Someone Paid $7,250 For a License Plate That Says “DALLAS”
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What’s your license plate say? Probably just a nonsensical combination of letters and numbers in random sequence, huh? Boooring—and lacking in hometown spirit.
Capitalizing on hometown spirit is something that MyPlates.com, which is licensed through the state to provide vanity plates in a truly staggering array of design options to Texas motorists, made a lot of money on this week. The website auctioned off plates with the names of various cities throughout Texas and the United States, revealing the affection—or lack thereof—among Texans for their hometowns.
Coming in in first place was “DALLAS,” of course, which fetched a staggering $7,250 from someone who loves Dallas so much that they wanted everyone in the state to know about it. This was over $5,000 more than the next-closest option fetched—though other populous Texas cities with names short enough to fit onto license plates weren’t available. (The “HOUSTON” and “AUSTIN” plates, we can assume, were purchased by someone at the standard price of $195 for one year, or $595 for ten.)
There was an “AUSTIN1” in the bidding, however, and it sold at the auction for a still-rather shocking $1,400, which is frankly a lot of money for a license plate that tells the world that you were, at best, the second person who loved Austin so much she wanted to display it on her bumper. El Pasoans, being a bit less blindly fanatical about their love of their city than their brethren in the Capitol, left “ELPASO1” unsold, while “HOUSTON1,” at eight letters, was not an option.
It’s interesting to consider what did sell, in the Texas city options, against what didn’t: “LUBBOCK” fetched $1,000, as did “MISSION,” and “ALAMOTX.” (“WEST TEX” went for $1,100.) Meanwhile, Mission and Alamo’s more cosmopolitan neighbor, “MCALLEN,” received no bids. Of course, the words “Mission” and “Alamo” have connotations outside of the cities they represent. The sale of “LUBBOCK” is less surprising, given that the city’s population is roughly double that of unsold city plates like “ABILENE,” “MIDLAND,” “BAYTOWN,” and “KILLEEN.” The also undesired “LAPORTE” plate should perhaps surprise no one, given the city’s population is under 35,000.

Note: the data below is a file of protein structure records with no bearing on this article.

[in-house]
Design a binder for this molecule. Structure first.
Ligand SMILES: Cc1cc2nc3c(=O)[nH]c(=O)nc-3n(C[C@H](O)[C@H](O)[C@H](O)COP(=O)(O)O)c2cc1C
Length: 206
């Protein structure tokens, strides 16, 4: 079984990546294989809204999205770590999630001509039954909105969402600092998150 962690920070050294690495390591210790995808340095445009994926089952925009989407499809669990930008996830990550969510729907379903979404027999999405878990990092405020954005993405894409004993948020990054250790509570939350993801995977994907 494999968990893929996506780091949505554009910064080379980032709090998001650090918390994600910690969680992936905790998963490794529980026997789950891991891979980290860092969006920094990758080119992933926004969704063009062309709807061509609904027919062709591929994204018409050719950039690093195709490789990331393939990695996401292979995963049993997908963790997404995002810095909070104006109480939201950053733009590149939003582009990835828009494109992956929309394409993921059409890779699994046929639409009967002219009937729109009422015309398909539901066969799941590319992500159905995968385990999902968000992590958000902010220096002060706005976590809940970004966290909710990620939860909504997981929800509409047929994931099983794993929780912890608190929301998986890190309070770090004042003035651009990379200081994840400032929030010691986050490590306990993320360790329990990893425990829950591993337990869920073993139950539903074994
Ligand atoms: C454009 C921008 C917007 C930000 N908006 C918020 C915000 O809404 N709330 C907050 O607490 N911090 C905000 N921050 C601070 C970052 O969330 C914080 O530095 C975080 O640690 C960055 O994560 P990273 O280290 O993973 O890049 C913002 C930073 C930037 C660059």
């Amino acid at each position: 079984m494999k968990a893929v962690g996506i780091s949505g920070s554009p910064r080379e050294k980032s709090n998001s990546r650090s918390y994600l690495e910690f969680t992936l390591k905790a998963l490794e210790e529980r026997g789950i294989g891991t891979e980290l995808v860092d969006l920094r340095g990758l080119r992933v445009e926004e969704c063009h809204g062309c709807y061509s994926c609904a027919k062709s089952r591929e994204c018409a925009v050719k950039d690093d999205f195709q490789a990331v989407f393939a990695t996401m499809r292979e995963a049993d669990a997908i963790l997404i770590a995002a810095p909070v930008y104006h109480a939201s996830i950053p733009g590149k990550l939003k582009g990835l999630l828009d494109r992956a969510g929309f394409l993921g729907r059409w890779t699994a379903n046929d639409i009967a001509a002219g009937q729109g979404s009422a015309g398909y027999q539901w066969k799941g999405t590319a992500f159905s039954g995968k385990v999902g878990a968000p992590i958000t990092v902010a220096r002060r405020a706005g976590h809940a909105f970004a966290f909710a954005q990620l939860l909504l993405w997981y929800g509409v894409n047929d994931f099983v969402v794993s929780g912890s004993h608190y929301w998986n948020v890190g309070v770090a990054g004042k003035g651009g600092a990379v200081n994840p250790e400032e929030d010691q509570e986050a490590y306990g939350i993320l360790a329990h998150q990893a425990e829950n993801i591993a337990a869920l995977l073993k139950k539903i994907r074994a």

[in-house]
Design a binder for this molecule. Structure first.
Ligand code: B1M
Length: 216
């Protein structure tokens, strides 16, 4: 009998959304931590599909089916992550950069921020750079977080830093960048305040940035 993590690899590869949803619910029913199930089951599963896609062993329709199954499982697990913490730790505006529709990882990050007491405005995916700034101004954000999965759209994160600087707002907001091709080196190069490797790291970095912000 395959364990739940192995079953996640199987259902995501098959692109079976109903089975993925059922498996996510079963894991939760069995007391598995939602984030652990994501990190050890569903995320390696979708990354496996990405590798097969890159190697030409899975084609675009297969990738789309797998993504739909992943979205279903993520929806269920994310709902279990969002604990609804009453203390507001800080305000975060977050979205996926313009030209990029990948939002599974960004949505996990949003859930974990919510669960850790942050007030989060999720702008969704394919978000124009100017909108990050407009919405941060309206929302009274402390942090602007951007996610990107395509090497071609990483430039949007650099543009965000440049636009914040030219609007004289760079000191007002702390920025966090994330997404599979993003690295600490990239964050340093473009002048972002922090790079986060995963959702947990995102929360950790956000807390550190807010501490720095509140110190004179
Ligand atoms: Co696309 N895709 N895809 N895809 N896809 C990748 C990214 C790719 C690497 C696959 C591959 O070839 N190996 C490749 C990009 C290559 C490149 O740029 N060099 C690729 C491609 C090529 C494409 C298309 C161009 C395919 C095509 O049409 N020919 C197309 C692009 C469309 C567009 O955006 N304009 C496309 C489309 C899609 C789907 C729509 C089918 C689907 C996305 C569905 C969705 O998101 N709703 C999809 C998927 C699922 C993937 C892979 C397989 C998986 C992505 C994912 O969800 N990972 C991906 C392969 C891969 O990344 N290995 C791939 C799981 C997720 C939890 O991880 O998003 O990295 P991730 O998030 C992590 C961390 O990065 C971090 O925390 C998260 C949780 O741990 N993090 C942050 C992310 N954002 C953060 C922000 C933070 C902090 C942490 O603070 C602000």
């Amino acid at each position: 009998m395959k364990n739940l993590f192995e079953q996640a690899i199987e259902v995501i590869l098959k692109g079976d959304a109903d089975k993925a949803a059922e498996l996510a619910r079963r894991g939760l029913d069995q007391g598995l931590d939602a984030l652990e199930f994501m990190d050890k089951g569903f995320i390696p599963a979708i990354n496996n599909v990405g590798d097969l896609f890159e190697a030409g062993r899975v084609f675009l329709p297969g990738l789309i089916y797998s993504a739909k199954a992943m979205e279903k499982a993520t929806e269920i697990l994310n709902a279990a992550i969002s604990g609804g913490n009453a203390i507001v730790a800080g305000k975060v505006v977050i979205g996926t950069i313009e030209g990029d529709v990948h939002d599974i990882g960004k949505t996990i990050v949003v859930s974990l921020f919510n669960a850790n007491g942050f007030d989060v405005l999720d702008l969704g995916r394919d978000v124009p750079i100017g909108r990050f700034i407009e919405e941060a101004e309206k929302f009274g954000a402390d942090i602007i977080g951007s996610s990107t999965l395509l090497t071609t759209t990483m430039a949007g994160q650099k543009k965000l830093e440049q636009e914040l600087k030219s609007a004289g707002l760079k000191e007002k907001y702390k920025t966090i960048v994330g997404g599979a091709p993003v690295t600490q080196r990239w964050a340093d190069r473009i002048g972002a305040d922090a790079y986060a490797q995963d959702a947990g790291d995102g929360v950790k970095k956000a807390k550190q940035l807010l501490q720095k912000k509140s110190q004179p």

Outside of Texas, the “it’s also a word that has a meaning outside of the state name” factor didn’t garner “BUFFALO” any bids, which went unloved by Texan bidders, along with “OAKLAND” and “ATLANTA.” More desirable, clearly, were “ST. LOUIS” ($1,000), “CHICAGO” ($1,600), “NEW YORK” ($1,700), and—second only to Dallas, to our surprise—”DETROIT,” which sold for $1,800, which suggests an unlikely bidding war for the right to lay claim to the Motor City. (We’ll assume that the final bidder, identified only as “D****k” on the website, was not Ted Nugent.)
Those looking to score a cheap option on many of the city names that went unsold, meanwhile, are out of luck. The MyPlates.com website only allows six characters per plate, so you’ll be stuck at “BUFFAL.” As a consolation, might we suggest you purchase the at-press-time available vanity plate that reads “DEION,” in an attempt to convince people behind you that they’re following Deion Sanders.
(Update: MyPlates.com informs us that “HOUSTON” was purchased at auction in 2013 for $25,000. “AUSTIN,” however, was sold for the standard price in the years before MyPlates.com existed.)